All the teams got 48 hours to reach the same goal, to create a game with a strong female protagonist. The Centre for Digital Media was kind enough to provide the gymnasium where teams set up not just laptops and tablets, but computer towers, doubled monitors, speakers, and recording equipment. Across the table from Marcus and I, another team had a cello and a ukulele. The passion that the teams brought to this event was just as inspiring as the weight of the props they carried.
When students first come to VFS one of their major worries is often: will they be able to handle the coding? The answer to me is obvious – and it’s almost always a resounding yes! That is because the curriculum at VFS has been designed to teach everything you need without prior knowledge of coding.
People also ask me a lot – don’t you get bored teaching introductory programming in term 1? The answer is definitely not. The more advanced classes are great fun too, but for me my favorite class is week 7 of Programming 1. Seven weeks earlier, twenty or so students start my class; most with no experience coding. And seven weeks later they are producing group projects with thousands of lines of code. Seeing that transformation and their confidence developing never gets old.
Coding is not for everyone though and some students decide in the end it is not a career they want to pursue – so does that mean they can’t make games? Absolutely not – there are so many different disciplines that go into making games, from art to design, audio to production. However even if you choose one of these other great avenues, you will benefit from the knowledge you gained about what programmers do and how they work. That is why it’s a core part of the curriculum that everyone learns in their first term. If you want to learn more then you can choose to go deeper in later stream choices.
But I’m biased – don’t take my word for it! Here are the thoughts of three students from last term that have just finished Programming 1:
If you know what I’m cheering about, congratulations, because I don’t (yet). After the happy-fun-bonding times of Term 1, where we had relatively few assignments and spent hours playing Super Mario Bros. WiiU (which, by the way, is fabulous, and I encourage everyone to check it out from the Resources room… if our class hasn’t taken it already), Term 2 is like a road into darkness.
I don’t mean to be ominous or anything, but when there are instructors approaching you with warnings about the increased workload, you start to worry. We’ve seen first-hand what Term 2 does to people, too. The class before us, Game Design class 32, started it off cheerily enough, popping into our room to say hi on a near-daily basis. Then they began to disappear. We’d pack up to leave at 10 pm, and find them in the kitchen, preparing for an all-nighter — and that was only half-way through! Spottings of Moustafa grew fewer. The circles under their eyes grew darker. (But we love you, GD32!)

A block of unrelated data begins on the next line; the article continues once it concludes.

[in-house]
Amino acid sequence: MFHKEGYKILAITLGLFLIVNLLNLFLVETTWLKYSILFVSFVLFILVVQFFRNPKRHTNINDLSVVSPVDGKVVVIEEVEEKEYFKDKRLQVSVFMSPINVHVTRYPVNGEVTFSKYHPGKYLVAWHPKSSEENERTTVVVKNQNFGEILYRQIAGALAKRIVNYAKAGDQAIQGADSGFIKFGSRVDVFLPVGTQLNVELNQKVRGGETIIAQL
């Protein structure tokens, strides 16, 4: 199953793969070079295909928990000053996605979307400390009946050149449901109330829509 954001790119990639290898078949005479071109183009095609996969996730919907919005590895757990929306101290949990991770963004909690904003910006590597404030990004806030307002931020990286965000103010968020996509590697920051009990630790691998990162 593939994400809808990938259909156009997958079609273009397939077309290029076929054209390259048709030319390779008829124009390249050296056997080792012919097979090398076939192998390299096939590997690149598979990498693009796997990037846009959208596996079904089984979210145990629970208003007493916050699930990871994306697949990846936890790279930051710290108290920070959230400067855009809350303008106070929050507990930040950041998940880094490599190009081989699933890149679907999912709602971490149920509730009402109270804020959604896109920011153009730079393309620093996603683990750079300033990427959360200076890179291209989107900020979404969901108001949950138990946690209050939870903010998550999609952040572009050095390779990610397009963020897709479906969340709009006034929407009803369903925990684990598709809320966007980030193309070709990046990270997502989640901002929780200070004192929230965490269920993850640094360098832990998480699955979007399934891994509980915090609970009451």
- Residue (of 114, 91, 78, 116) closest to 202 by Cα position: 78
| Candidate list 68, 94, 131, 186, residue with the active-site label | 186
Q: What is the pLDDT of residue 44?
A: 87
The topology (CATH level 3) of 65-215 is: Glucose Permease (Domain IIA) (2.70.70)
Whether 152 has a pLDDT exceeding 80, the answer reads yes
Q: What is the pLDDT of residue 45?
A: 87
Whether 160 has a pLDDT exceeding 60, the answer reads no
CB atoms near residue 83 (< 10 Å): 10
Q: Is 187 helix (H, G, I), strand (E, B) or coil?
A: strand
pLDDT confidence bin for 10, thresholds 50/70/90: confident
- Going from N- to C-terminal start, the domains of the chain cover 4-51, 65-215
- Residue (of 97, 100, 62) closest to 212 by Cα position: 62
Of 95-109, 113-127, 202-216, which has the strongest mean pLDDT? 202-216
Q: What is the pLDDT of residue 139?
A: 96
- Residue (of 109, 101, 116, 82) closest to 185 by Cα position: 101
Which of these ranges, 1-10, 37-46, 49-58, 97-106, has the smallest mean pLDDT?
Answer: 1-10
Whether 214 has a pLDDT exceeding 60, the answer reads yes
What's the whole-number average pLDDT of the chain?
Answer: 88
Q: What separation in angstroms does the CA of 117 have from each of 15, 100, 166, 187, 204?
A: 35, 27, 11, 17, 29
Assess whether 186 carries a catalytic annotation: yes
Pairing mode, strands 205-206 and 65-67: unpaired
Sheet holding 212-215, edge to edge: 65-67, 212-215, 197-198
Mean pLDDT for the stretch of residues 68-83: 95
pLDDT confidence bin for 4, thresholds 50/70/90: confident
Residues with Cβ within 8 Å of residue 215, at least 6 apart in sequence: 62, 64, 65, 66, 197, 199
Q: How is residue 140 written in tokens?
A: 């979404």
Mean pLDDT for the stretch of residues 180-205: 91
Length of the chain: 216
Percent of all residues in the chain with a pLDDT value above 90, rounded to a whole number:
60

It’s Week 5 of Term 1, and we thought it was about time for us to sit down and have a chat – “we” being Janel Jolly and Anna Prein, from VFS Game Design‘s Class 33. Being both recipients of the Women in Games Scholarship, we wanted to learn more about each other, and what we thought of the program. So, let’s start!
Janel Jolly : Hey Anna! I’ll go ahead and start with the first question. What attracted you to the Game Design program at the Vancouver Film School?
Anna Prein : I’ve been living in Vancouver for about 5 years now, and a former roommate actually applied for the same Women in Games Scholarship a few years back. Once I had finished having my existential crisis about doing an unrelated undergraduate degree and then committed to pursuing game design, VFS was the first school I thought of.
In the past year, I started actively going to events in the community here, like Full Indie, and I kept meeting VFS Game Design graduates who were all intensely positive about their experience and who urged me to apply. I think that was definitely the biggest push! What about you?
Each year VFS awards an outstanding candidate the Women in Game Scholarship to the Game Design program, which sets them on the way to being next generation game designers. But this year, for the 5th Annual edition, there is a bit of a surprise — the candidates were so impressive that we awarded it to four of them!
Pictured above, from left to right are: Janel Jolly of Canada, Jaymee Mak of Australia, Anna Prein from Russia and Nicha Jaijadesuk of Thailand.
Two winners will be arriving in April, and the other two will be arriving in June. All of the winners of the scholarship will be sharing their experience with everybody by way of blog posts to Arcade. You can read the posts of the current Women in Games Scholarship winner Kristina Soltvedt from Norway (who will graduate from VFS this June) here. Previous winners Shannon Lee of Canada, (now at BigPark Games), Annie Dickerson from USA, (currently at Grantoo), and Larissa Baptista from Brazil, (who won a Unity Award for best Student game and is currently with DeNa Studios) have graduated and are now making their mark in the games industry.